Denise Yaghmourian

Denise Yaghmourian’s intriguing sculptural forms are rooted in a hybrid of past art movements and styles, yet they resonate with current artistic concerns of today.  Her wall-mounted box forms embellished in machine-made materials in primary colors bring to mind the austerity and seriality of Donald Judd’s Minimalist stacks.  But covering Yaghmourian’s rigid cubes are strips of finely webbed fabric, which places the work in a long continuum first begun in the late 1950s by Claes Oldenberg, whose seminal soft sculptures established him as a forerunner to the Post-Minimalist movement.  The simplicity of Yaghmourian’s surface veneers reveal a material-based sensibility—one akin to feminist principles by the virtue of their material identification as hook-and-eye tape primarily used in the construction of bras and corsets …

…Yaghmourian, who received a Bachelor of Arts degree in painting at Arizona State University in 1991, developed her signature forms in 2003 when she was given the opportunity to create a new body of work for a solo exhibition at the Chandler Center for the Arts.ii  Challenged with the possibilities of experimentation, she discovered a plethora of interesting materials by scavenging through fabric stores, thrift shops, and toy stores. Her first piece using the repetitive found object was a cube covered in gold zipper pulls—the regimented hinged form appearing like scales on a mechanical fish.  Later, for an “all white” exhibition in 2003, she created an untitled sculptural form that gives a nod to the Fibanocci formulas of Sol LeWitt’s white constructions while paying homage to Marcel Duchamp’s readymades.  Yaghmourian’s repeated images are the staccato rhythm of hundreds of white plastic disposable shaving razors glued upright like so many marching soldiers.  Not only is the artist aware of the precedents upon which she builds her ideas, but she is clearly aware of the metaphoric content of her work.  To the artist, these “soldier” razors all stand together, trying to fall into line with what they are supposed to be doing, boldly showing off their sharp appearance.  The idea came to her when she traveled to Los Angeles and passed the hillside of sleek white windmills that dot the landscape west of Palm Springs.  To Yaghmourian, the razors in her work not only embrace the play of light and shadow on the repeating forms, but also emulate the cultural attitude of the West Coast art scene and its identification as “cutting edge.”…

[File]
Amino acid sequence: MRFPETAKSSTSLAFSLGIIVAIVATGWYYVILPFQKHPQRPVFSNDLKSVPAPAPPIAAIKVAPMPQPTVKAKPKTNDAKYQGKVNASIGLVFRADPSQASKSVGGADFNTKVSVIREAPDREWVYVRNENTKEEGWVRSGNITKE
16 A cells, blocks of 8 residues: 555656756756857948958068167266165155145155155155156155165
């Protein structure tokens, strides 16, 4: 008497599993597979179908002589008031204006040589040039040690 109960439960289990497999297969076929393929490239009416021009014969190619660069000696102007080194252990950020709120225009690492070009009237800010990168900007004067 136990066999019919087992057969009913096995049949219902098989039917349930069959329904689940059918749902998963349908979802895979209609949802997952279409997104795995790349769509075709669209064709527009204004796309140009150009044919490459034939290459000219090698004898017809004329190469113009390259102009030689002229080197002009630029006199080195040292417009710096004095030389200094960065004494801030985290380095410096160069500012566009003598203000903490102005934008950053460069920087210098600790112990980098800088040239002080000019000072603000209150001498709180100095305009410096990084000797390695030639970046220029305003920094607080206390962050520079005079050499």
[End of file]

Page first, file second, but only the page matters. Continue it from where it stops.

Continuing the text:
… Through her work, Yaghmourian embraces the obvious and accepts the ubiquitous manufactured nature of contemporary society.  She finds beauty in the mundane, turning the products of our mass production/mass consumption into formal studies of shape and pattern.  Her art is not hermetic; it is a poetic reverie fully conscious of its historic trajectory from formal concerns and critical theory.  Yaghmourian’s sophisticated, elegant forms anchored in their materiality belie an emotional content that pulses with a humanistic optimism that goes beyond cerebral exercise to a highly personal expression of her place in the world.

Julie Sasse,
Chief Curator and Curator of Modern and Contemporary Art
Tucson Museum of Art


Artist's Artworks